Just when the Bitcoin price rally in the last two weeks was expected to bring some optimism back in the market, the market correction in the last two days has caused the world’s largest cryptocurrency to lose nearly 5%. Currently, at the press time, Bitcoin is seen trading at $7602 with a market cap of $130 billion, according to the data on CoinMarketCap.
Earlier this month around the 15th of July, when Bitcoin was trading at a nervous breakdown level of $6000, the bulls took charge and, in a week’s time, it shot by more than 25% to trade close to $8000, later finally crossing this crucial resistance. There were several factors behind this up-move like the pumping of the institutional money in the cryptocurrency space, the positivity surrounding the arrival of Bitcoin ETF, South Korea’s regulatory watchdog forming a new organizational body to drive innovation in the crypto financial sectors, besides other things.
However, one of the key reasons has been the arrival of Bitcoin ETF which has created a lot of hope among retail and institutional players. Some players have doubled-down on their predictions for this much-awaited investment product, while some remain skeptical considering the SEC’s critical stand over digital currencies.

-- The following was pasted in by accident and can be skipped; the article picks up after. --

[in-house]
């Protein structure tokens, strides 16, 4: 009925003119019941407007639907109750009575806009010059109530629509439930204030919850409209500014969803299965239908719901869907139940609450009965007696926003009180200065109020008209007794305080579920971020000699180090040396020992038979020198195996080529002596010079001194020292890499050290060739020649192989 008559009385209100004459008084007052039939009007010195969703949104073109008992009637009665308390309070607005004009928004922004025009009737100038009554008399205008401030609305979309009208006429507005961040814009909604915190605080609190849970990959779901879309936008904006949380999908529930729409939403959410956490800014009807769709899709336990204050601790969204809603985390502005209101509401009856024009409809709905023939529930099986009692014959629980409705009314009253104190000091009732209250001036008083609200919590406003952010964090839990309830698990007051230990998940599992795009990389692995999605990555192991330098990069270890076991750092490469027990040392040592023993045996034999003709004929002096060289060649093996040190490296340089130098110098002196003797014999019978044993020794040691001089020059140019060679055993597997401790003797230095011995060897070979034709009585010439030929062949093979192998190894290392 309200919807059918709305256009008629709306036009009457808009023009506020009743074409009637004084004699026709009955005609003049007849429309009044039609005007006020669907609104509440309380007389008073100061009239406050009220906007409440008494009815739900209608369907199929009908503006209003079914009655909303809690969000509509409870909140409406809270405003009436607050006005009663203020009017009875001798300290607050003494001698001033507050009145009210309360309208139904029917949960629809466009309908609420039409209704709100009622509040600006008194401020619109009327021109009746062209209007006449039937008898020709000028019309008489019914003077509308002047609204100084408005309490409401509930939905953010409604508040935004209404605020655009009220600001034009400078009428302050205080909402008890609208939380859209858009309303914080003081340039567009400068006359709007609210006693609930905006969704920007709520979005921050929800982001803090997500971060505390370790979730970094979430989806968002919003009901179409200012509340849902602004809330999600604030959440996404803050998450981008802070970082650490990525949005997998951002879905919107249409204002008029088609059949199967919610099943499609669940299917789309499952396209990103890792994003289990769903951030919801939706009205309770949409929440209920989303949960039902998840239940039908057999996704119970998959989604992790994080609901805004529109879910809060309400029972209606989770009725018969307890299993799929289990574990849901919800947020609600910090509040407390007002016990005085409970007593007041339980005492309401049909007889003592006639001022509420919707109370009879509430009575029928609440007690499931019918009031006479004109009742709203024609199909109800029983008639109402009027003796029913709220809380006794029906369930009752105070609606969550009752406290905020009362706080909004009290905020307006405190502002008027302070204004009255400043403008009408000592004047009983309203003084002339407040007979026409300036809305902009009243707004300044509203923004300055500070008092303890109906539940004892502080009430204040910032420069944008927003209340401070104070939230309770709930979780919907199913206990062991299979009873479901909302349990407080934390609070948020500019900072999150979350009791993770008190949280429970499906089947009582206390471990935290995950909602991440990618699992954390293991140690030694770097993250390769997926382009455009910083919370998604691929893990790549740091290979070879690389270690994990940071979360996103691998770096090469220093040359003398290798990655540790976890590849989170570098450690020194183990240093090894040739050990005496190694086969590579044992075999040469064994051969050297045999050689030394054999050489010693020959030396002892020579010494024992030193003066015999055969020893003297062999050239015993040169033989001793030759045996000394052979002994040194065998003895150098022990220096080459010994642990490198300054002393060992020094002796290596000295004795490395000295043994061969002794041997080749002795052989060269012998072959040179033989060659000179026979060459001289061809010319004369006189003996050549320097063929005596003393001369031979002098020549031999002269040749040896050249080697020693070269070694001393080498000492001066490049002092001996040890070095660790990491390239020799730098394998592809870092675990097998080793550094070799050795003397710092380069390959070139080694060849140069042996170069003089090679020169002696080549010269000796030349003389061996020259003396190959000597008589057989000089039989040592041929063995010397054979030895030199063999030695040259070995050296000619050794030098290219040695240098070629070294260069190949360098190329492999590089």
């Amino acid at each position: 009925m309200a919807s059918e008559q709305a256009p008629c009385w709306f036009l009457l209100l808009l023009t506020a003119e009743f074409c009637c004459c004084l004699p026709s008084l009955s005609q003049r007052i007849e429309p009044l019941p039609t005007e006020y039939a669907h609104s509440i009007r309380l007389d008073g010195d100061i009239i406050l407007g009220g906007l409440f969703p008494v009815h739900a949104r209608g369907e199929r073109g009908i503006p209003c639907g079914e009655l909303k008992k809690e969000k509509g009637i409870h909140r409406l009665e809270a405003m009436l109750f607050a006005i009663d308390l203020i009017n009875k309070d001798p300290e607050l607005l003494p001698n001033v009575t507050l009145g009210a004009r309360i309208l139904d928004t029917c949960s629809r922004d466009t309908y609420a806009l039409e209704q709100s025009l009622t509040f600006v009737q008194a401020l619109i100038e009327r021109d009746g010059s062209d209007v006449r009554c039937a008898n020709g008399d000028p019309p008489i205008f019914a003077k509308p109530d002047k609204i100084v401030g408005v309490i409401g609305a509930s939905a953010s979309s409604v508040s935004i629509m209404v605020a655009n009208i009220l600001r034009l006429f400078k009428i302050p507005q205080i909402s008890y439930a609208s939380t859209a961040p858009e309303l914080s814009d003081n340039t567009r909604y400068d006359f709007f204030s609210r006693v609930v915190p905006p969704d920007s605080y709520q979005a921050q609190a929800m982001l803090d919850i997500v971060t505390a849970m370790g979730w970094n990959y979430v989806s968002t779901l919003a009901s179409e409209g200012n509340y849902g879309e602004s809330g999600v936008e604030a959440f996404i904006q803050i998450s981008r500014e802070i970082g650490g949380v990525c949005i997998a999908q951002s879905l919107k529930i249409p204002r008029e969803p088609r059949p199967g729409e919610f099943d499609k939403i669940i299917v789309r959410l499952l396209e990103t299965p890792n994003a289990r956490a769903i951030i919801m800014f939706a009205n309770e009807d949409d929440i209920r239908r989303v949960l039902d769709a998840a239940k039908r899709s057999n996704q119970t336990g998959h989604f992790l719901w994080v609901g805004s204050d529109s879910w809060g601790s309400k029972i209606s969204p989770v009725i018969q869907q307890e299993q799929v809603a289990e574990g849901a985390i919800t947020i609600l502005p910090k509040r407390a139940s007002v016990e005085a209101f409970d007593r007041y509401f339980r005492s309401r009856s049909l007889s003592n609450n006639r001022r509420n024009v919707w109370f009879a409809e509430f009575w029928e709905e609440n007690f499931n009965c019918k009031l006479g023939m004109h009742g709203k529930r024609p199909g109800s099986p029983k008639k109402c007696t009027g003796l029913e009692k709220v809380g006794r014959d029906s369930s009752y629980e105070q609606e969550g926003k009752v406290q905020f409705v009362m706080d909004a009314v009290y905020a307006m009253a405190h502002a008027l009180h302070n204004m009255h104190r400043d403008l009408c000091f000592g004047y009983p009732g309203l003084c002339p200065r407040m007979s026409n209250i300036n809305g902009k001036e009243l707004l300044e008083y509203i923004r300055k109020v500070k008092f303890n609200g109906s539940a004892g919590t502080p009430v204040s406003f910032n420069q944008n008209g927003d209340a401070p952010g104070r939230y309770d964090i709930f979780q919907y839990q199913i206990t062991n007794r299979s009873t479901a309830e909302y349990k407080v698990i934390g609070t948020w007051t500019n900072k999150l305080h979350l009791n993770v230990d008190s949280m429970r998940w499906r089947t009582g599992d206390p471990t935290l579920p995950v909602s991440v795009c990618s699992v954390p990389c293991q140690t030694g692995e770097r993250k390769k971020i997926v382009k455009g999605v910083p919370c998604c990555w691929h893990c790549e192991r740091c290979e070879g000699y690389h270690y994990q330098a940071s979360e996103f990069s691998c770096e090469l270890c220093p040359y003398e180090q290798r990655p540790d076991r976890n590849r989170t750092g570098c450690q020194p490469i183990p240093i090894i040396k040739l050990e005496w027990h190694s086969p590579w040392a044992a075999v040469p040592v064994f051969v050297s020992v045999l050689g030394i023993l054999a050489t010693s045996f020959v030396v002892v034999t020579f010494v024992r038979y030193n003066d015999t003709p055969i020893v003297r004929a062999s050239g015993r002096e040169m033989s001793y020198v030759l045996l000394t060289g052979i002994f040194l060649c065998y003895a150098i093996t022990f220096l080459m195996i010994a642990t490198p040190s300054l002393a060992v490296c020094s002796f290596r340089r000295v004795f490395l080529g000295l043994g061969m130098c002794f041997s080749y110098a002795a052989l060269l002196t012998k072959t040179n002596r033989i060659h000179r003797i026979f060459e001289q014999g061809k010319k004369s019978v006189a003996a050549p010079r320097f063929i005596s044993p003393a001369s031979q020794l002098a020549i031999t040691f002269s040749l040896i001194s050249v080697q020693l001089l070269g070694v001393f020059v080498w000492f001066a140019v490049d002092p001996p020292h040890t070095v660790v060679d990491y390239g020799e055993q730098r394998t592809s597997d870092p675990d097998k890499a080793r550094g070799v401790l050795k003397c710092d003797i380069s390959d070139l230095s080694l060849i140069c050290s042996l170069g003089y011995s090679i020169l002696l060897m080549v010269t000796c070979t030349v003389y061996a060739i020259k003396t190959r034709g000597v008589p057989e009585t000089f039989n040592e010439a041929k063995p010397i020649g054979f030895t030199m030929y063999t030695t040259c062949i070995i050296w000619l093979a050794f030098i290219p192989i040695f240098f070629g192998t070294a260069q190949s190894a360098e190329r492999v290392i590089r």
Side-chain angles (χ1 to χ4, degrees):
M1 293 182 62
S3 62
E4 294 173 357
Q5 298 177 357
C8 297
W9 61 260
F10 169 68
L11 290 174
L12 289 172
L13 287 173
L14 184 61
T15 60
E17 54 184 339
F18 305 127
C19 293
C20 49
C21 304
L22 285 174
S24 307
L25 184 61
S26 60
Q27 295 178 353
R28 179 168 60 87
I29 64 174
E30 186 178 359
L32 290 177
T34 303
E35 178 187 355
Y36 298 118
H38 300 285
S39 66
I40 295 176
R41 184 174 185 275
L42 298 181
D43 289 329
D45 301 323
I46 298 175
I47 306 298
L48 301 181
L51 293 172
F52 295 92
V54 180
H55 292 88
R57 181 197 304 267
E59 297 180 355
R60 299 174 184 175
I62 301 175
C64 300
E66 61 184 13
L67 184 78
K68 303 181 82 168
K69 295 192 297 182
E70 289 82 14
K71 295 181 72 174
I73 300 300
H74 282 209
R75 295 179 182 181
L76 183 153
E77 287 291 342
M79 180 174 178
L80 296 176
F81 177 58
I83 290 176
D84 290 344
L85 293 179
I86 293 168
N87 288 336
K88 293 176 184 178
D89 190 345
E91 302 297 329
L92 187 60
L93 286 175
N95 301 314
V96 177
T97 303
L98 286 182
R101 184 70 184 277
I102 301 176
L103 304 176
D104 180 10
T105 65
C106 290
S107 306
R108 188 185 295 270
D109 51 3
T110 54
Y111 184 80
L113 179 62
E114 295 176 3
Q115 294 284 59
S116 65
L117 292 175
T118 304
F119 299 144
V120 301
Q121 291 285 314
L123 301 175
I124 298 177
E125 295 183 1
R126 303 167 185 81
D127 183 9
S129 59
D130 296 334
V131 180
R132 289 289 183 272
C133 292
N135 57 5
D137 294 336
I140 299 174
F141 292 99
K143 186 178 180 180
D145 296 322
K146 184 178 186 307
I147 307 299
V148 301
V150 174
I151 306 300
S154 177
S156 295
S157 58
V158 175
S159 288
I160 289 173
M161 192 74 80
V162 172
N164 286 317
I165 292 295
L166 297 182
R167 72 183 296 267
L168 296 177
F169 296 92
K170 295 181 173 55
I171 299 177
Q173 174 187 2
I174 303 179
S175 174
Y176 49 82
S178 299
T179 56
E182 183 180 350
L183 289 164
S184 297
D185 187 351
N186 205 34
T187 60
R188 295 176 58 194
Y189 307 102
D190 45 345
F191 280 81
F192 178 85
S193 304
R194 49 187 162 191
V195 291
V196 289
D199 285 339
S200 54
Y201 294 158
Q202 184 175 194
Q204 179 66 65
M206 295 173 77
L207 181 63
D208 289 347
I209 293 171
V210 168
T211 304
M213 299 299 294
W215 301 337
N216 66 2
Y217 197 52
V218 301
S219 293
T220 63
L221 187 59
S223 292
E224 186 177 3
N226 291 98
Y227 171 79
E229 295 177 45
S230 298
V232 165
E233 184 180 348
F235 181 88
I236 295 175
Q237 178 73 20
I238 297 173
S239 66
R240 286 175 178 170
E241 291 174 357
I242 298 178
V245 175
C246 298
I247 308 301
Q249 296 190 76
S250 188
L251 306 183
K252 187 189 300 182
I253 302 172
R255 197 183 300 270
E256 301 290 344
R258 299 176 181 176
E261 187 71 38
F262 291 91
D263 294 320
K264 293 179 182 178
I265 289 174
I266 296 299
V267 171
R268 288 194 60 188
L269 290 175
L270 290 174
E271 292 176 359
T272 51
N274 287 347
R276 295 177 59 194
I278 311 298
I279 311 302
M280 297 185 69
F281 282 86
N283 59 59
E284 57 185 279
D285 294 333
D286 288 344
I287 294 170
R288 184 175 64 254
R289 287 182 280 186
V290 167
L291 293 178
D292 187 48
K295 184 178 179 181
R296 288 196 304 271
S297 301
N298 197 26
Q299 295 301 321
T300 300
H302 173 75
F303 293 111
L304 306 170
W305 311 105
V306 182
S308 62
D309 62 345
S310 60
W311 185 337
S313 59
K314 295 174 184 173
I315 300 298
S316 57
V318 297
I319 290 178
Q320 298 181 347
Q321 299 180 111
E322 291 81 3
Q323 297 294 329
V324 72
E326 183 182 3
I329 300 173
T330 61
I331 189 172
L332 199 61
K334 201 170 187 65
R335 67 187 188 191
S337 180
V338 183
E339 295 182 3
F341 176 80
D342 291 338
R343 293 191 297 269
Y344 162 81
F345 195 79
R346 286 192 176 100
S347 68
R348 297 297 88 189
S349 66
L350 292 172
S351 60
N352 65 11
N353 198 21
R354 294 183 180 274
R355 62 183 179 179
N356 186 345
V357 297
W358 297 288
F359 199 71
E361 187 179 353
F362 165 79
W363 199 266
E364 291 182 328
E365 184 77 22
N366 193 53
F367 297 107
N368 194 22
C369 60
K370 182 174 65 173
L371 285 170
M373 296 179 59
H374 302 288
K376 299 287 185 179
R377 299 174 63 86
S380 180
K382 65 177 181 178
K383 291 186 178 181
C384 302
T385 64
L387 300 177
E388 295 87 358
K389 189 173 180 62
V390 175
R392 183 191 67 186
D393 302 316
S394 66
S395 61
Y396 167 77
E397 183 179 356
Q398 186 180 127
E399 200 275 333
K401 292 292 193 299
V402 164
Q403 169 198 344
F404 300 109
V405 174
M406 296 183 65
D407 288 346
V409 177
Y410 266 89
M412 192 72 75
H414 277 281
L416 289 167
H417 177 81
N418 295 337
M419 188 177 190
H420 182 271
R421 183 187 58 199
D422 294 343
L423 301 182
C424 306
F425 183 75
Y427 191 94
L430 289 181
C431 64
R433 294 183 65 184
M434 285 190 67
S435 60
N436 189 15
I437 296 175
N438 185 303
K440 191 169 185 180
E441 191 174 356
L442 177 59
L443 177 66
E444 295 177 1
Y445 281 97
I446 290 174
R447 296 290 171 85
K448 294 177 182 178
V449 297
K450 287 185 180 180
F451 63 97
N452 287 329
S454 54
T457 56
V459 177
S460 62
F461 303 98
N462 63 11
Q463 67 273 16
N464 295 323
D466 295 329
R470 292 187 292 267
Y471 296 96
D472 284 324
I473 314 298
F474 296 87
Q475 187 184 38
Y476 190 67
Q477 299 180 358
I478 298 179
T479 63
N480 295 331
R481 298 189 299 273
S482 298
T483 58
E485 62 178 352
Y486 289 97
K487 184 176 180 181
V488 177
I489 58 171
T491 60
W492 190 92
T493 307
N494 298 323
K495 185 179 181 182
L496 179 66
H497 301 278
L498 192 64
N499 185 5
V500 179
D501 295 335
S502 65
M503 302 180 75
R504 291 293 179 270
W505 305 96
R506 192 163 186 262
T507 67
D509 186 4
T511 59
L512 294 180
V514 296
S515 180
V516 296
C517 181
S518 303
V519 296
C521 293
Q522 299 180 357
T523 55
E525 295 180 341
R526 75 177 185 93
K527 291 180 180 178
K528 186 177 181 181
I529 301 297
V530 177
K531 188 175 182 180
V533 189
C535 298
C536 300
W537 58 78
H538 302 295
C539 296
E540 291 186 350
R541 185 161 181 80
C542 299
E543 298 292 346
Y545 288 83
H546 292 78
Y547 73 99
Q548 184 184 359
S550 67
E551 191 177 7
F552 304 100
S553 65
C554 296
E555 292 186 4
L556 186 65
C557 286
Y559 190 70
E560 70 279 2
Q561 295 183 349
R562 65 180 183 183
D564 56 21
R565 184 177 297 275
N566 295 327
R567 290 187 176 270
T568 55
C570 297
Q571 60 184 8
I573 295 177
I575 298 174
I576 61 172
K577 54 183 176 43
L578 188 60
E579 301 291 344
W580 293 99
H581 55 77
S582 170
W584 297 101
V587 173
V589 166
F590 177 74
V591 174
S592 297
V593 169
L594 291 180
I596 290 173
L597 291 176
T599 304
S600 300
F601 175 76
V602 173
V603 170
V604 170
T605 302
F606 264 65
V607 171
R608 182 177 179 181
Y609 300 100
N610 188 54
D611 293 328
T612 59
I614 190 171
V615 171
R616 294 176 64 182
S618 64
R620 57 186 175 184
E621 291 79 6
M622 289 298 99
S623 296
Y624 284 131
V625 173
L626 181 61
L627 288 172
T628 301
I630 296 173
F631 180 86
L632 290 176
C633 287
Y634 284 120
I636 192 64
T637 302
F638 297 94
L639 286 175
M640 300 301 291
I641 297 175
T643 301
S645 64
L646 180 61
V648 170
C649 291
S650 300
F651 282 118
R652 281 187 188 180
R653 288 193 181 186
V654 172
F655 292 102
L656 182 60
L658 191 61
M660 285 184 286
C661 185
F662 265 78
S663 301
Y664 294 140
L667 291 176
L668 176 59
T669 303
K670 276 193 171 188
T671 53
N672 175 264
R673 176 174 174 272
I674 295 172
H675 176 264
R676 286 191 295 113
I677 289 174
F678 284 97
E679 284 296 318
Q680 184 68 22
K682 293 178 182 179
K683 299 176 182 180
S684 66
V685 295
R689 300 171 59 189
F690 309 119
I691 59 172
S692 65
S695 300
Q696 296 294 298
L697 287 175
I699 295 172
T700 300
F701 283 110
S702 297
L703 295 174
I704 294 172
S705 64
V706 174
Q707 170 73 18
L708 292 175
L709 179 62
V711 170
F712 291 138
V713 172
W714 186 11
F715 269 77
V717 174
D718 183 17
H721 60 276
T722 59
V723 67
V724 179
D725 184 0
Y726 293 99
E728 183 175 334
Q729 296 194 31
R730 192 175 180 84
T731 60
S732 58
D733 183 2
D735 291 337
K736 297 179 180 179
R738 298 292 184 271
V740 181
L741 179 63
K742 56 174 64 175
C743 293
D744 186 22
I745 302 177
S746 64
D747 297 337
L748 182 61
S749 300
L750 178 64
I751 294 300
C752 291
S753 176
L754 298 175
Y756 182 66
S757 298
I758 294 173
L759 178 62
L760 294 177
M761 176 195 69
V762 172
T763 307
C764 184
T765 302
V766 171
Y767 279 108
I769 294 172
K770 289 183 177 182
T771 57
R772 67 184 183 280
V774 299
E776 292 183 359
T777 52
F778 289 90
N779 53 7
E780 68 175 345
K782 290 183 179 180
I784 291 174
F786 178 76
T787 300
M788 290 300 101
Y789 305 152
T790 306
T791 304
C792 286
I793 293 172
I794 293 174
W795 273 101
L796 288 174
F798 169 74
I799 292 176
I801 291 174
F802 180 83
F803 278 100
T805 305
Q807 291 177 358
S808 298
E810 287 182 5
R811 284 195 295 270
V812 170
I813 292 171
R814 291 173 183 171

Last week, the news of the rejection of the Bitcoin ETF proposal from the Winklevoss twins was enough to break Bitcoin’s northward journey pulling it back below $8000. Later as things got clear, that this rejection was mistaken for the CBOE Bitcoin ETF proposal, things resumed to normalcy and Bitcoin pulled back the lost grounds. Although, the SEC has clarified that it has kept it gates open for future Bitcoin ETF proposals.
Following this, there have been some latest developments around Bitcoin, Bitcoin ETF, and the SEC.
Trader Brian Kelly Remains Bullish on Bitcoin
In his recent interview on CNBC’s Fast Money, trader Brian Kelly expressed optimism on the price of Bitcoin and said that the latest correct is only temporary. Kelly said:
“[Bitcoin has] had a pretty good run from $5,800 up to $8,300, $8,400 or so. So while it might seem crazy to the legacy markets and the bitcoin world, this is just a normal correction.” He further added: “I think this is a good environment. I think the holdup is structural within the ecosystem. It’s just not quite ready for prime time yet.”